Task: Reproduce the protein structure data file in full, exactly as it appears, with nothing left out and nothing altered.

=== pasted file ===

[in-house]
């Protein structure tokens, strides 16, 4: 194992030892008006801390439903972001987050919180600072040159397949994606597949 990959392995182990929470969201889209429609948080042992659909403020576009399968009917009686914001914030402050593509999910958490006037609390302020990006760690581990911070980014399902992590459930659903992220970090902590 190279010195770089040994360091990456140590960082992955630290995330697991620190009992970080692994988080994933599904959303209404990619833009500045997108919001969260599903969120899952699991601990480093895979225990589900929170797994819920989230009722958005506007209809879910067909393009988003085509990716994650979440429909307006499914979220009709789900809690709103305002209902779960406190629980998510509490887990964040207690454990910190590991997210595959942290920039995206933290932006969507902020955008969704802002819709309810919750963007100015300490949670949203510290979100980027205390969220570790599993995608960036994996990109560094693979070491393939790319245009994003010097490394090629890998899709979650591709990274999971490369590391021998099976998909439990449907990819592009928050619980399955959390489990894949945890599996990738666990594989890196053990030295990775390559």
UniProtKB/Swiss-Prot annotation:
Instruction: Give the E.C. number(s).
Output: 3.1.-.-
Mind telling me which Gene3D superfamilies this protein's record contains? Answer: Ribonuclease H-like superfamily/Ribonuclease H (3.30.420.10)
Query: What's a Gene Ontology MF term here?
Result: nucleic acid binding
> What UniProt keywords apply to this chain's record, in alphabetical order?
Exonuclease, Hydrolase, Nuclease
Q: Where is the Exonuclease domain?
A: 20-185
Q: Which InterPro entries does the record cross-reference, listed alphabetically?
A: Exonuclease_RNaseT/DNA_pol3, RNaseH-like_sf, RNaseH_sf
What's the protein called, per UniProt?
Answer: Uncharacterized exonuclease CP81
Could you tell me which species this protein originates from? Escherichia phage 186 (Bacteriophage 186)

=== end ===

[in-house]
């Protein structure tokens, strides 16, 4: 194992030892008006801390439903972001987050919180600072040159397949994606597949 990959392995182990929470969201889209429609948080042992659909403020576009399968009917009686914001914030402050593509999910958490006037609390302020990006760690581990911070980014399902992590459930659903992220970090902590 190279010195770089040994360091990456140590960082992955630290995330697991620190009992970080692994988080994933599904959303209404990619833009500045997108919001969260599903969120899952699991601990480093895979225990589900929170797994819920989230009722958005506007209809879910067909393009988003085509990716994650979440429909307006499914979220009709789900809690709103305002209902779960406190629980998510509490887990964040207690454990910190590991997210595959942290920039995206933290932006969507902020955008969704802002819709309810919750963007100015300490949670949203510290979100980027205390969220570790599993995608960036994996990109560094693979070491393939790319245009994003010097490394090629890998899709979650591709990274999971490369590391021998099976998909439990449907990819592009928050619980399955959390489990894949945890599996990738666990594989890196053990030295990775390559």
UniProtKB/Swiss-Prot annotation:
Instruction: Give the E.C. number(s).
Output: 3.1.-.-
Mind telling me which Gene3D superfamilies this protein's record contains? Answer: Ribonuclease H-like superfamily/Ribonuclease H (3.30.420.10)
Query: What's a Gene Ontology MF term here?
Result: nucleic acid binding
> What UniProt keywords apply to this chain's record, in alphabetical order?
Exonuclease, Hydrolase, Nuclease
Q: Where is the Exonuclease domain?
A: 20-185
Q: Which InterPro entries does the record cross-reference, listed alphabetically?
A: Exonuclease_RNaseT/DNA_pol3, RNaseH-like_sf, RNaseH_sf
What's the protein called, per UniProt?
Answer: Uncharacterized exonuclease CP81
Could you tell me which species this protein originates from? Escherichia phage 186 (Bacteriophage 186)